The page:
For those of you who know and enjoy Stonepit Field at Great Linford, in particular the species-rich limestone scrape which gives the site its name, you may also like to visit Stanton Low this summer.
Two new scrapes have been created at Stanton Low using a similar seed mix to that used at Stonepit over 20 years ago – and already wildlife is flourishing. There are several hollows near the canal which are the relics of the nineteenth century limestone quarrying which took place here. Early in 2019, the topsoil was removed and subsequently Parks Trust staff and volunteers sowed the seed mix. Dominant in the seed mix is kidney vetch Anthyllis vulneraria which is the larval foodplant of Small Blue butterfly. The butterfly should be able to make the short hop across from Stonepit and colonise this new habitat. You will also find Common Bird’s-foot Trefoil Lotus corniculatus, Salad Burnet Sanguisorba minor, Field Poppy Papaver rhoeas and Sainfoin Onobrychis viciifolia in these hollows. Also of note is Viper’s Bugloss Echium vulgare, a plant which is cropping up more and more in Milton Keynes of late.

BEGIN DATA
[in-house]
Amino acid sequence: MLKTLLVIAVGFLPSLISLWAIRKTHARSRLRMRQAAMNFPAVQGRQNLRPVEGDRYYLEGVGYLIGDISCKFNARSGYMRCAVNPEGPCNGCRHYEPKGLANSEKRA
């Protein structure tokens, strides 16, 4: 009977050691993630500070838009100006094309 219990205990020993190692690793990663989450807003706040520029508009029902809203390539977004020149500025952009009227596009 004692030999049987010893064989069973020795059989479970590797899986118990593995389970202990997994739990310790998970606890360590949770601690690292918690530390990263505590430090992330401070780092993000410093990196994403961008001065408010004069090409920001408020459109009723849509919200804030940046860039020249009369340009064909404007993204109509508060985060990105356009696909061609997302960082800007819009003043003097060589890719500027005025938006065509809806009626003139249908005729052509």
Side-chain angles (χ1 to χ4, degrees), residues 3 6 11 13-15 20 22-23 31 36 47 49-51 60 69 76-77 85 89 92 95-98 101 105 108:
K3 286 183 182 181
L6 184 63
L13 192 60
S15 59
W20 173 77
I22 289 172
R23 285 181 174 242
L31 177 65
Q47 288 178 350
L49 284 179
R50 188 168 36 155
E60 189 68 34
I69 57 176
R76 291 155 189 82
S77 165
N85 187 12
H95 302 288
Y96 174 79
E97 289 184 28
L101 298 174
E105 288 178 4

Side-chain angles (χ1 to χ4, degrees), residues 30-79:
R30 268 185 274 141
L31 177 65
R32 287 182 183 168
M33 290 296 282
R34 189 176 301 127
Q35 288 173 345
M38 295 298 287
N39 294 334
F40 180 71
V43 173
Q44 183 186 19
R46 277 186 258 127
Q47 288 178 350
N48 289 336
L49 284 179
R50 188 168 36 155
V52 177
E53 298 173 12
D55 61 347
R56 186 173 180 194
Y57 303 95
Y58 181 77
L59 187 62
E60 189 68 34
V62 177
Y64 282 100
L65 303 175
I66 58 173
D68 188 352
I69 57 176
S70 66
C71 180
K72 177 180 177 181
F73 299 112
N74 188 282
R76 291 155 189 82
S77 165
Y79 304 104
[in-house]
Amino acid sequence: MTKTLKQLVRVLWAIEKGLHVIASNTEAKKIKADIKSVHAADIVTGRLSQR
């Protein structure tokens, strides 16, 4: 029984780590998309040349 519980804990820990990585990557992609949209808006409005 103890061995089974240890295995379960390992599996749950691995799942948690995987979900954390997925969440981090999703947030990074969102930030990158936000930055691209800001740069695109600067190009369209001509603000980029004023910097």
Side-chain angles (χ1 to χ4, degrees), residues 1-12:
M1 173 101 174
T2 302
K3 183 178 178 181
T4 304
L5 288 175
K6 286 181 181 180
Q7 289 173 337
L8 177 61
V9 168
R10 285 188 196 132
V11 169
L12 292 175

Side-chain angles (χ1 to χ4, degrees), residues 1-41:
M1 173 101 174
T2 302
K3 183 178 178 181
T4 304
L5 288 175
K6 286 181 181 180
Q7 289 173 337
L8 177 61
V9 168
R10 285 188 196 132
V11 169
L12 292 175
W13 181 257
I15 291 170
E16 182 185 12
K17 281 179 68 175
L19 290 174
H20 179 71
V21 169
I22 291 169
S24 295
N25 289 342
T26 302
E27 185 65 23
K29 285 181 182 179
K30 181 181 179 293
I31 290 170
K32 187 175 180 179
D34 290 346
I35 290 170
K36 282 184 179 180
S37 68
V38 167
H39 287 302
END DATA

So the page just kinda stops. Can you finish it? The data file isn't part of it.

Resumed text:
When Helen and I visited one evening recently, we saw plenty of Small Tortoiseshell, Meadow Brown, Ringlet and Marbled White butterflies and a fantastic number of bumblebees enjoying these nectar rich plants. Spoil from the two scrapes was mounded up close by and these mounds are now covered in thistles and teasels, which are another great resource for pollinating insects. The scrubby grassland surrounding the scrapes now regularly hosts breeding Grasshopper Warblers as well as the more abundant Common Whitethroat. Lesser Whitethroat has also been present.
I thoroughly recommend a visit to this new habitat. If visiting by car, park in the large car park off Wolverton Road near Asda (SP837417). From here, follow the mown path alongside the canal until you reach the two scrapes. There are seats and picnic tables right next to the scrapes.